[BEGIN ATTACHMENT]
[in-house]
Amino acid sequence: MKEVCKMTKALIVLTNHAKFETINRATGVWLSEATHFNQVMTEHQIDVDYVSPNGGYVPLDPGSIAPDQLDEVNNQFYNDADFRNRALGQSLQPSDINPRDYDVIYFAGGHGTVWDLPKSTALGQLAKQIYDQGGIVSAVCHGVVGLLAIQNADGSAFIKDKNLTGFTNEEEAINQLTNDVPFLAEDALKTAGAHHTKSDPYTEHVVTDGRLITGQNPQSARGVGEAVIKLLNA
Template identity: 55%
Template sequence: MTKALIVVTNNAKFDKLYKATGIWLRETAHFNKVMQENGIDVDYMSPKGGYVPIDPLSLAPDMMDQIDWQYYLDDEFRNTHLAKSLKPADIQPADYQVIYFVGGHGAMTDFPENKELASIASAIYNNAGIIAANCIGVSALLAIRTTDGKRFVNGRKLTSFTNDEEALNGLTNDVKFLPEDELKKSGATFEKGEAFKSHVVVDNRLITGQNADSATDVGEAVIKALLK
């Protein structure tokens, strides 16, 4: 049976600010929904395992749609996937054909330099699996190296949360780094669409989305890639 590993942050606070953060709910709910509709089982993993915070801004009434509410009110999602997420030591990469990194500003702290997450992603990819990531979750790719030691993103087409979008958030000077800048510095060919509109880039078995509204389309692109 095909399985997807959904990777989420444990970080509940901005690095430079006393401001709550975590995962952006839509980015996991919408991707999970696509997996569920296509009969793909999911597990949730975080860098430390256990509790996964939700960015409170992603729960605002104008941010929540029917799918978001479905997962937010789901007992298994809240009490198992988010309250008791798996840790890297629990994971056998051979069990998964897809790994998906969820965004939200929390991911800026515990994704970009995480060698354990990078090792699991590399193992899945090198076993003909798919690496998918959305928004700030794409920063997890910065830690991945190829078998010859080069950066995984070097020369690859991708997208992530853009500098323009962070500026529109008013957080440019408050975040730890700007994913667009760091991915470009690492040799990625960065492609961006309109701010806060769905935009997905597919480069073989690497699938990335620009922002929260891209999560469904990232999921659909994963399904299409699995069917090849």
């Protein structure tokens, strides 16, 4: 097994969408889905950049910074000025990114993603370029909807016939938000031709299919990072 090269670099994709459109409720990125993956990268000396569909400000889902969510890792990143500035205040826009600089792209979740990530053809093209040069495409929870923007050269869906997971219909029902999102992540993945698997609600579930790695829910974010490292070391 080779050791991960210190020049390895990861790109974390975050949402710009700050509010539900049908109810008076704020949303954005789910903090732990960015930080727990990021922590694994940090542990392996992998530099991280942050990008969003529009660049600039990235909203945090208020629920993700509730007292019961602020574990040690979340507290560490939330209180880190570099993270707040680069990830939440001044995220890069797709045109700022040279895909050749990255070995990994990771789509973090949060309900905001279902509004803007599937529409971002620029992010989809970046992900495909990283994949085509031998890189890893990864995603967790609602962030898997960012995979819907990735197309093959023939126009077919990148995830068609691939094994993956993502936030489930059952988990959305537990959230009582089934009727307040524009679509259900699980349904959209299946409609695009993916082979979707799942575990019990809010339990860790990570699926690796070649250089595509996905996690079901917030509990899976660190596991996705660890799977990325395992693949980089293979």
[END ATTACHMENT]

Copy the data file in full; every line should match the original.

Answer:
[in-house]
Amino acid sequence: MKEVCKMTKALIVLTNHAKFETINRATGVWLSEATHFNQVMTEHQIDVDYVSPNGGYVPLDPGSIAPDQLDEVNNQFYNDADFRNRALGQSLQPSDINPRDYDVIYFAGGHGTVWDLPKSTALGQLAKQIYDQGGIVSAVCHGVVGLLAIQNADGSAFIKDKNLTGFTNEEEAINQLTNDVPFLAEDALKTAGAHHTKSDPYTEHVVTDGRLITGQNPQSARGVGEAVIKLLNA
Template identity: 55%
Template sequence: MTKALIVVTNNAKFDKLYKATGIWLRETAHFNKVMQENGIDVDYMSPKGGYVPIDPLSLAPDMMDQIDWQYYLDDEFRNTHLAKSLKPADIQPADYQVIYFVGGHGAMTDFPENKELASIASAIYNNAGIIAANCIGVSALLAIRTTDGKRFVNGRKLTSFTNDEEALNGLTNDVKFLPEDELKKSGATFEKGEAFKSHVVVDNRLITGQNADSATDVGEAVIKALLK
């Protein structure tokens, strides 16, 4: 049976600010929904395992749609996937054909330099699996190296949360780094669409989305890639 590993942050606070953060709910709910509709089982993993915070801004009434509410009110999602997420030591990469990194500003702290997450992603990819990531979750790719030691993103087409979008958030000077800048510095060919509109880039078995509204389309692109 095909399985997807959904990777989420444990970080509940901005690095430079006393401001709550975590995962952006839509980015996991919408991707999970696509997996569920296509009969793909999911597990949730975080860098430390256990509790996964939700960015409170992603729960605002104008941010929540029917799918978001479905997962937010789901007992298994809240009490198992988010309250008791798996840790890297629990994971056998051979069990998964897809790994998906969820965004939200929390991911800026515990994704970009995480060698354990990078090792699991590399193992899945090198076993003909798919690496998918959305928004700030794409920063997890910065830690991945190829078998010859080069950066995984070097020369690859991708997208992530853009500098323009962070500026529109008013957080440019408050975040730890700007994913667009760091991915470009690492040799990625960065492609961006309109701010806060769905935009997905597919480069073989690497699938990335620009922002929260891209999560469904990232999921659909994963399904299409699995069917090849």
């Protein structure tokens, strides 16, 4: 097994969408889905950049910074000025990114993603370029909807016939938000031709299919990072 090269670099994709459109409720990125993956990268000396569909400000889902969510890792990143500035205040826009600089792209979740990530053809093209040069495409929870923007050269869906997971219909029902999102992540993945698997609600579930790695829910974010490292070391 080779050791991960210190020049390895990861790109974390975050949402710009700050509010539900049908109810008076704020949303954005789910903090732990960015930080727990990021922590694994940090542990392996992998530099991280942050990008969003529009660049600039990235909203945090208020629920993700509730007292019961602020574990040690979340507290560490939330209180880190570099993270707040680069990830939440001044995220890069797709045109700022040279895909050749990255070995990994990771789509973090949060309900905001279902509004803007599937529409971002620029992010989809970046992900495909990283994949085509031998890189890893990864995603967790609602962030898997960012995979819907990735197309093959023939126009077919990148995830068609691939094994993956993502936030489930059952988990959305537990959230009582089934009727307040524009679509259900699980349904959209299946409609695009993916082979979707799942575990019990809010339990860790990570699926690796070649250089595509996905996690079901917030509990899976660190596991996705660890799977990325395992693949980089293979």